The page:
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An Estimate For Needed Retirement Savings

Tuesday, July 3, 2012 - 9:58 AM
Eleven times your final working salary.

That’s how much an average worker needs beyond Social Security payments, from sources like personal savings and employer benefits, to pay for retirement at age 65, a new analysis from the benefits consultant Aon Hewitt finds. The estimate takes into account inflation and post-retirement medical costs. And it is based on the retiree continuing to maintain the same standard of living.

An Estimate for Needed Retirement Savings -
ShorebreakShorebreak2,676 posts since
Apr 6, 2010
Rep Points: 14,530
1. Tuesday, July 3, 2012 - 8:50 PM
I prefer a somewhat different formula, since "final paychecks" can often be misleading. For example, due to certain peculiar rules regarding accrued leave, vacation time, overtime, you name it, and the fact many workers (if they can) "boost" their final year (or three years) for pension purposes, the calculation of "X" (pick a number) times final pay can mislead. Other workers (such as the self-employed) may see a radical reduction in their final years' take-home, as they become out-sourced or priced out of the market.

The standard formula (based on a 4% SWR) is:

Anticipated yearly expense in retirement minus [(after-tax social security) + (after-tax pensions) + (after-tax annuities)] X 25.

Example: Joe and Jane estimate they will need $10K/mo in retirement. After taxes, their social security, Joe's pension, and Jane's annuity cover half that. They need to generate another $5K/mo, after tax, from their IRA retirement accounts. Their effective (average) state and federal tax rate in retirement will be 10%, so the pre-tax should be roughly $5500/mo.* $5500/mo X 12 = $66,000 X 25 = $1,650,000. If Joe and Jane take a SWR of 4% from $1,650,000, they will harvest that $66,000, and it should last 30 years**, assuming the nest egg is in a "balanced" portfolio of stocks and bonds/CDs, and is age-appropriate.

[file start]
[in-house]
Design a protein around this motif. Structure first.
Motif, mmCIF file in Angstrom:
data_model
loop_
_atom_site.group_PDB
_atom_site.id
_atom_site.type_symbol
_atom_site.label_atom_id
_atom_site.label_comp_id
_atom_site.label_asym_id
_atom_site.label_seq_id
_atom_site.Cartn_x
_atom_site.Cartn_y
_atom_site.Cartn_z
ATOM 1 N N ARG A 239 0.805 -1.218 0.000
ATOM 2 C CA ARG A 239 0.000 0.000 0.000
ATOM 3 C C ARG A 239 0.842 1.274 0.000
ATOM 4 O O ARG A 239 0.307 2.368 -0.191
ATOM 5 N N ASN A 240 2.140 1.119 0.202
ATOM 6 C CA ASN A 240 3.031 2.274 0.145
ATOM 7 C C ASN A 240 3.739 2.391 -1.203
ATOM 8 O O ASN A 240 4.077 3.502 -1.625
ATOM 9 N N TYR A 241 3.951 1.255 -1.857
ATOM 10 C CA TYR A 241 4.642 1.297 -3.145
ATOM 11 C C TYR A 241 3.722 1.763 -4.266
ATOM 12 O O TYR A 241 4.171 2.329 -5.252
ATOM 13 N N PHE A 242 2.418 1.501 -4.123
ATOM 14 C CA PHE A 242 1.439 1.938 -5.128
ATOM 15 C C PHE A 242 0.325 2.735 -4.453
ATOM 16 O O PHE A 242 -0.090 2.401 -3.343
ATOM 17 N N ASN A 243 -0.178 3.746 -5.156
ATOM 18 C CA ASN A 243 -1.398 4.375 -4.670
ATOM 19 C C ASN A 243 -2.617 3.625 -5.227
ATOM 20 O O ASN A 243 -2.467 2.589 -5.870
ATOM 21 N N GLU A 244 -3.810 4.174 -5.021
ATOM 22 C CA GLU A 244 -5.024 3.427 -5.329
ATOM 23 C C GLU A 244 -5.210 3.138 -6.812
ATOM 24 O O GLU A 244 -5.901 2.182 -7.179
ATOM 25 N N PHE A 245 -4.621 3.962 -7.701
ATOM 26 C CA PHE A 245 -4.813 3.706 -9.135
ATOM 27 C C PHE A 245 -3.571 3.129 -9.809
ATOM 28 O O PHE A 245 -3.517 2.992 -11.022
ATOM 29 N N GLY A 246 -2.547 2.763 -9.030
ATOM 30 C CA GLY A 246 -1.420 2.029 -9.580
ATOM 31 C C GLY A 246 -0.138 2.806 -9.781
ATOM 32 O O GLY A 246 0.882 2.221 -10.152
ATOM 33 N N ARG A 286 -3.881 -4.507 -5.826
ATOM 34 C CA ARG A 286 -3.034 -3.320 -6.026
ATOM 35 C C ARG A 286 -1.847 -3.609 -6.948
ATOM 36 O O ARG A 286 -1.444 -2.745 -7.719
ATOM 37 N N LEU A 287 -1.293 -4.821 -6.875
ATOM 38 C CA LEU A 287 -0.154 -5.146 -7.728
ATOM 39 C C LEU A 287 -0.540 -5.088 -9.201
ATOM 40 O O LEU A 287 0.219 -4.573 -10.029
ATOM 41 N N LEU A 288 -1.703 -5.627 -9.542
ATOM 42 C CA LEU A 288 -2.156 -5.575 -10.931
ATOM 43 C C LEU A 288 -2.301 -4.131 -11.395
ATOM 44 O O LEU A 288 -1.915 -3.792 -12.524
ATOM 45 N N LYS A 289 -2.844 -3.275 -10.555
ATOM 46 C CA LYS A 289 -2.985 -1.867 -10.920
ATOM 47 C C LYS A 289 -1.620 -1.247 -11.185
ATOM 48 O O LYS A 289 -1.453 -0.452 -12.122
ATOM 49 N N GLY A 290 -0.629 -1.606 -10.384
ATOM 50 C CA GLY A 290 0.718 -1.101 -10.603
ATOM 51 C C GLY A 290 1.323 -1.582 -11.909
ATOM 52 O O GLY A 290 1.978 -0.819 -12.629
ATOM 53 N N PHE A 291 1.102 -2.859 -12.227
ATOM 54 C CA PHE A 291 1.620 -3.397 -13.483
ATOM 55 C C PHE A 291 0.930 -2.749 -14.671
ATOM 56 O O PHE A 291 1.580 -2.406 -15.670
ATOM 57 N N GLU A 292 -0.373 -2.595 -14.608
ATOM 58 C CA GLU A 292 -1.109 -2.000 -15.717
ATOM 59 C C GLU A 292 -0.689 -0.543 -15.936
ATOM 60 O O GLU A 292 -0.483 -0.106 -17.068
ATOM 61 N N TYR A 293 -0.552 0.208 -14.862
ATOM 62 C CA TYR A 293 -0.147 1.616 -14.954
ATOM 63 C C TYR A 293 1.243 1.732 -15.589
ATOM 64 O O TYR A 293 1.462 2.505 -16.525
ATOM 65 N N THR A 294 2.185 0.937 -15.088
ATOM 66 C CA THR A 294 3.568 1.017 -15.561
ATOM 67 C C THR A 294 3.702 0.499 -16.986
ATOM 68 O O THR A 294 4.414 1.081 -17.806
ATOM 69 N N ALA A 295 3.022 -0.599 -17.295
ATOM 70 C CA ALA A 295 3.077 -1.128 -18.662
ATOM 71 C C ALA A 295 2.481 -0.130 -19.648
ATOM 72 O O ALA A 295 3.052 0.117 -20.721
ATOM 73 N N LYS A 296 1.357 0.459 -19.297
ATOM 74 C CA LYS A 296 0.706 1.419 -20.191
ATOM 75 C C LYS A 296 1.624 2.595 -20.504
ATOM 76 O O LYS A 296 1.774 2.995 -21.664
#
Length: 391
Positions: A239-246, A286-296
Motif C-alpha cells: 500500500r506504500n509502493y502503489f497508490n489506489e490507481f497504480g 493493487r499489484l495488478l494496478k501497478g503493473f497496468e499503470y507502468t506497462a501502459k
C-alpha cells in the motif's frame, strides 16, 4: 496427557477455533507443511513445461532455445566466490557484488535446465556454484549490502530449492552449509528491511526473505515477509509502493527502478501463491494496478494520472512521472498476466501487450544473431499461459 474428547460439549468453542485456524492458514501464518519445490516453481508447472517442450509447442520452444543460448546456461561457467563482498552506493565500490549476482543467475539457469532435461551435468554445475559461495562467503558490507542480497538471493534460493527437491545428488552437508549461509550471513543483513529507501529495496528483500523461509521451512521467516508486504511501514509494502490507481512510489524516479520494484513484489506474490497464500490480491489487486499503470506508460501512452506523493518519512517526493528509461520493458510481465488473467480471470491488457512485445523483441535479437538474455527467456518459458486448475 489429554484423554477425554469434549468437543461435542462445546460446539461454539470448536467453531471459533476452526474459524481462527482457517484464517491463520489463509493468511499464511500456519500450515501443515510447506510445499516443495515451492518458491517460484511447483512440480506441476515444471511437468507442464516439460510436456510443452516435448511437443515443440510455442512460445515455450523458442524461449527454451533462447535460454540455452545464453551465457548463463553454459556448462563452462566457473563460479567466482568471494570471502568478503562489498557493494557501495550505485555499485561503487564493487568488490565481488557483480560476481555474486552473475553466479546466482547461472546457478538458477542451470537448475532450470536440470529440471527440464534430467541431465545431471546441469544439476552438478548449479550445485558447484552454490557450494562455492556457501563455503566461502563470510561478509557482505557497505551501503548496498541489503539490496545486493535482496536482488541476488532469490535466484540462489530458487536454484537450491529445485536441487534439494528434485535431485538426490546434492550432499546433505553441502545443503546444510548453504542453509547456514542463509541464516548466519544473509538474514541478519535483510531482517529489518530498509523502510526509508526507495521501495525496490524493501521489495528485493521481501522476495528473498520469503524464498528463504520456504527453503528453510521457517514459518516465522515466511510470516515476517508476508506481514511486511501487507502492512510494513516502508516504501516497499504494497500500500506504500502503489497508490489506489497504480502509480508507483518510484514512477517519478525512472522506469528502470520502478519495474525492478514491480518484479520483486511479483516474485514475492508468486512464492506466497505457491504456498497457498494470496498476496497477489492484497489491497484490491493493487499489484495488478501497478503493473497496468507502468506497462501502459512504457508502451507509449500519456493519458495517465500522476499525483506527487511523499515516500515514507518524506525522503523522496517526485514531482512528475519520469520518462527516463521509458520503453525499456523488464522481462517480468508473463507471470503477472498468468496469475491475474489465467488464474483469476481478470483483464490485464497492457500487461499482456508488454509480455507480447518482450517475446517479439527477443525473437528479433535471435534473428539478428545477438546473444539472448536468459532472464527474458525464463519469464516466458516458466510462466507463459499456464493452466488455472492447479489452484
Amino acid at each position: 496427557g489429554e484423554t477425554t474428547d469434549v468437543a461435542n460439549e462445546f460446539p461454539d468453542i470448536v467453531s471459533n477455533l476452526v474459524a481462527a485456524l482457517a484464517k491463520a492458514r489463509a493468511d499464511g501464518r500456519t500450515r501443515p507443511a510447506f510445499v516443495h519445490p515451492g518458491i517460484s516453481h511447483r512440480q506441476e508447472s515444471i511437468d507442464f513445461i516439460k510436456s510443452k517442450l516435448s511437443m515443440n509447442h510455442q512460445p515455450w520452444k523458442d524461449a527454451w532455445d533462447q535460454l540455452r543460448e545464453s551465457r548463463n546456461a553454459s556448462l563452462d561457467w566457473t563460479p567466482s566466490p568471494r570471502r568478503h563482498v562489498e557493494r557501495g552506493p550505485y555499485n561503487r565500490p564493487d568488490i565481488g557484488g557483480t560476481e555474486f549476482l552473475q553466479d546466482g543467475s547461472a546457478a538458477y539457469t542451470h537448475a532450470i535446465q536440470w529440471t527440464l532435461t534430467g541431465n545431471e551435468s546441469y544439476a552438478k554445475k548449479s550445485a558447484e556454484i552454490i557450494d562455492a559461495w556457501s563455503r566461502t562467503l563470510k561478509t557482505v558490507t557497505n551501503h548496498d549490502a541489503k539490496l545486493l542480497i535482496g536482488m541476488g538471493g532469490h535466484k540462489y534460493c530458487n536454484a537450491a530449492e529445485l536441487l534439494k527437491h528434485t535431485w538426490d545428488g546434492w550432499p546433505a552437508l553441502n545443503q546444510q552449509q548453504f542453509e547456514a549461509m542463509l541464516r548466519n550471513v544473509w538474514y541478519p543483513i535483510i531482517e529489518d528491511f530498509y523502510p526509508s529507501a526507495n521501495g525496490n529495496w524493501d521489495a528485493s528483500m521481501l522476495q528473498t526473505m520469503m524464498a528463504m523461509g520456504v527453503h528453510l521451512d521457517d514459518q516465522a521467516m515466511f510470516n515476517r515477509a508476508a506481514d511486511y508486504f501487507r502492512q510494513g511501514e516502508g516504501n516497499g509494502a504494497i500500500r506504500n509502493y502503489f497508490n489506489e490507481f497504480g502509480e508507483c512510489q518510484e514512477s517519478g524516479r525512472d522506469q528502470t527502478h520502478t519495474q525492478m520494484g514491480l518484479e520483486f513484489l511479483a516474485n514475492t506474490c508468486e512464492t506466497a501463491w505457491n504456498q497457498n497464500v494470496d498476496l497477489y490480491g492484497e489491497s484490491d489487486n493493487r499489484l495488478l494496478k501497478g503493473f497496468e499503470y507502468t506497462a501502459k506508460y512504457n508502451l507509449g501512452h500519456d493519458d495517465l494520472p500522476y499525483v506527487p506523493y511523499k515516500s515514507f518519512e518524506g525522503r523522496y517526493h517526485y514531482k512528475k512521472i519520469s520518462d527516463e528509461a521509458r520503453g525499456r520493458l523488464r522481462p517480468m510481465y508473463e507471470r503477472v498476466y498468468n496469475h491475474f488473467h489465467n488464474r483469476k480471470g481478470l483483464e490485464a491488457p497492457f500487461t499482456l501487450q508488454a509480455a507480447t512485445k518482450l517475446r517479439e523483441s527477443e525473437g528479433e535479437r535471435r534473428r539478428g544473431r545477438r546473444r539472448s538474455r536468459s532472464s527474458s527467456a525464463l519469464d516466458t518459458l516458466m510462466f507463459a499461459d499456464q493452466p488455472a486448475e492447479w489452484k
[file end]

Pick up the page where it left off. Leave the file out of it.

*Purists will note the exact figure is $5555/mo, but I rounded down, since the math gets a bit funky. Some might note that this effective tax rate is low. I just picked it for my example. If your blended (average) rate is closer to 15%, simply divide 5000 by .85 to determine your pre-tax.

**Certain theorists question this, and suggest a SWR closer to 3.5% (or less), or a SWR with no inflation adjustments. Or a SWR which merely yields to the RMD. The brain begins to spin. Use common sense on your SWR. If your account tanks, tighten your belt a bit. Most likely, your RMD will govern.
BozoBozo137 posts since
Feb 14, 2011
Rep Points: 944